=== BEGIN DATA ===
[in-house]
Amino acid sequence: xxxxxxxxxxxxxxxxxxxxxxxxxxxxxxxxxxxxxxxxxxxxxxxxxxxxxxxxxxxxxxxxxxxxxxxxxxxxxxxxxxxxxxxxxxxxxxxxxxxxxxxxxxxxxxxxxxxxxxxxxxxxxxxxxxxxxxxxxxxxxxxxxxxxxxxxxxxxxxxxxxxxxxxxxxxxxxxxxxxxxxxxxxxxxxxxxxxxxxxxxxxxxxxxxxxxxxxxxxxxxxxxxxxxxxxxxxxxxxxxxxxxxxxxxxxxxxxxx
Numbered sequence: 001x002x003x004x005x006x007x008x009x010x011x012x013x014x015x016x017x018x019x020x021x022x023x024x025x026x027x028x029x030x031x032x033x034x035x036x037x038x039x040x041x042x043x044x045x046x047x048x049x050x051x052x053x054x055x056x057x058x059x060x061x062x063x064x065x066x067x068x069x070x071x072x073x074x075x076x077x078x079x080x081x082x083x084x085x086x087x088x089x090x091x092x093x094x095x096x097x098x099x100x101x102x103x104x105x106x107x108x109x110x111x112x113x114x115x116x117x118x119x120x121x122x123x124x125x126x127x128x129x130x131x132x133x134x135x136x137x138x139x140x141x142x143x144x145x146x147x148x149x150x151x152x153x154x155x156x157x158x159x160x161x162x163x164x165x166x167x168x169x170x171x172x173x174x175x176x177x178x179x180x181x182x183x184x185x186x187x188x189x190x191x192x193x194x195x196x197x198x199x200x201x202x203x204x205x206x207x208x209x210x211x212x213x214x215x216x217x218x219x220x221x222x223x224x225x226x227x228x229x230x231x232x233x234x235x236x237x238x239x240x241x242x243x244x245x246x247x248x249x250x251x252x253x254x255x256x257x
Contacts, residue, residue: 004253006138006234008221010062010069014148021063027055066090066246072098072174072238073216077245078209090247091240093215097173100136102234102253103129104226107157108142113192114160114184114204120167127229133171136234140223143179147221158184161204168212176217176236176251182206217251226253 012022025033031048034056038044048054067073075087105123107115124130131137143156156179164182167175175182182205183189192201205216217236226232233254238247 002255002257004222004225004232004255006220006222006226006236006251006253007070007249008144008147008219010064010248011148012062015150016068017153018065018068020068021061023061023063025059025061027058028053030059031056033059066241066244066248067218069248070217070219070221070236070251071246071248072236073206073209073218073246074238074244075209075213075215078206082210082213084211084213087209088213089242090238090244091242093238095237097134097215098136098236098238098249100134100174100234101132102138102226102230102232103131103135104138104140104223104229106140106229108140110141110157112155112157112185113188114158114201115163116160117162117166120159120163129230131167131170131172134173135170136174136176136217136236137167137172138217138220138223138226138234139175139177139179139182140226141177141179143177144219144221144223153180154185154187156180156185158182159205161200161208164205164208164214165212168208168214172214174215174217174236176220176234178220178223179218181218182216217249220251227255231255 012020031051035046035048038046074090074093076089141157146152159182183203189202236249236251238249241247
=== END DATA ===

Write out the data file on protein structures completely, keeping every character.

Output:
[in-house]
Amino acid sequence: xxxxxxxxxxxxxxxxxxxxxxxxxxxxxxxxxxxxxxxxxxxxxxxxxxxxxxxxxxxxxxxxxxxxxxxxxxxxxxxxxxxxxxxxxxxxxxxxxxxxxxxxxxxxxxxxxxxxxxxxxxxxxxxxxxxxxxxxxxxxxxxxxxxxxxxxxxxxxxxxxxxxxxxxxxxxxxxxxxxxxxxxxxxxxxxxxxxxxxxxxxxxxxxxxxxxxxxxxxxxxxxxxxxxxxxxxxxxxxxxxxxxxxxxxxxxxxxxx
Numbered sequence: 001x002x003x004x005x006x007x008x009x010x011x012x013x014x015x016x017x018x019x020x021x022x023x024x025x026x027x028x029x030x031x032x033x034x035x036x037x038x039x040x041x042x043x044x045x046x047x048x049x050x051x052x053x054x055x056x057x058x059x060x061x062x063x064x065x066x067x068x069x070x071x072x073x074x075x076x077x078x079x080x081x082x083x084x085x086x087x088x089x090x091x092x093x094x095x096x097x098x099x100x101x102x103x104x105x106x107x108x109x110x111x112x113x114x115x116x117x118x119x120x121x122x123x124x125x126x127x128x129x130x131x132x133x134x135x136x137x138x139x140x141x142x143x144x145x146x147x148x149x150x151x152x153x154x155x156x157x158x159x160x161x162x163x164x165x166x167x168x169x170x171x172x173x174x175x176x177x178x179x180x181x182x183x184x185x186x187x188x189x190x191x192x193x194x195x196x197x198x199x200x201x202x203x204x205x206x207x208x209x210x211x212x213x214x215x216x217x218x219x220x221x222x223x224x225x226x227x228x229x230x231x232x233x234x235x236x237x238x239x240x241x242x243x244x245x246x247x248x249x250x251x252x253x254x255x256x257x
Contacts, residue, residue: 004253006138006234008221010062010069014148021063027055066090066246072098072174072238073216077245078209090247091240093215097173100136102234102253103129104226107157108142113192114160114184114204120167127229133171136234140223143179147221158184161204168212176217176236176251182206217251226253 012022025033031048034056038044048054067073075087105123107115124130131137143156156179164182167175175182182205183189192201205216217236226232233254238247 002255002257004222004225004232004255006220006222006226006236006251006253007070007249008144008147008219010064010248011148012062015150016068017153018065018068020068021061023061023063025059025061027058028053030059031056033059066241066244066248067218069248070217070219070221070236070251071246071248072236073206073209073218073246074238074244075209075213075215078206082210082213084211084213087209088213089242090238090244091242093238095237097134097215098136098236098238098249100134100174100234101132102138102226102230102232103131103135104138104140104223104229106140106229108140110141110157112155112157112185113188114158114201115163116160117162117166120159120163129230131167131170131172134173135170136174136176136217136236137167137172138217138220138223138226138234139175139177139179139182140226141177141179143177144219144221144223153180154185154187156180156185158182159205161200161208164205164208164214165212168208168214172214174215174217174236176220176234178220178223179218181218182216217249220251227255231255 012020031051035046035048038046074090074093076089141157146152159182183203189202236249236251238249241247